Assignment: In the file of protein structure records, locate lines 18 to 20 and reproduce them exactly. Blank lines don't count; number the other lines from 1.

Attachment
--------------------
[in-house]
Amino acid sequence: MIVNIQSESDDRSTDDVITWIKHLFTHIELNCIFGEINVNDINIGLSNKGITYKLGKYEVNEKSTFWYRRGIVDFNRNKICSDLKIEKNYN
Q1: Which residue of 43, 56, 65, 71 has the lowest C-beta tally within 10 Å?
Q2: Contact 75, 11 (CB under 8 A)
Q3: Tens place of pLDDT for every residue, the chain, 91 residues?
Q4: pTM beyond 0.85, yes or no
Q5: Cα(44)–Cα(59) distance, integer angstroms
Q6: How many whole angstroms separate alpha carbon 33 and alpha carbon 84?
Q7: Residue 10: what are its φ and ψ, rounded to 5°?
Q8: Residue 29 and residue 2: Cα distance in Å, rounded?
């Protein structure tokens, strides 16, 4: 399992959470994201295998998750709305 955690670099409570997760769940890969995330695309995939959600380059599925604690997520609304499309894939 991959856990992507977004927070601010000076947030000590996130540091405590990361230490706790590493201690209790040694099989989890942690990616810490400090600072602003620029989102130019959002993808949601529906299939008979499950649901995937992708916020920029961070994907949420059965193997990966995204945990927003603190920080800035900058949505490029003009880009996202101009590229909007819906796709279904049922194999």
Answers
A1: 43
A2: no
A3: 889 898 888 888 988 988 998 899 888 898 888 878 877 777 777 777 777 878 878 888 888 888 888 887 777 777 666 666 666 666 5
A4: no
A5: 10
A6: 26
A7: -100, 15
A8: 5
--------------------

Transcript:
A6: 26
A7: -100, 15
A8: 5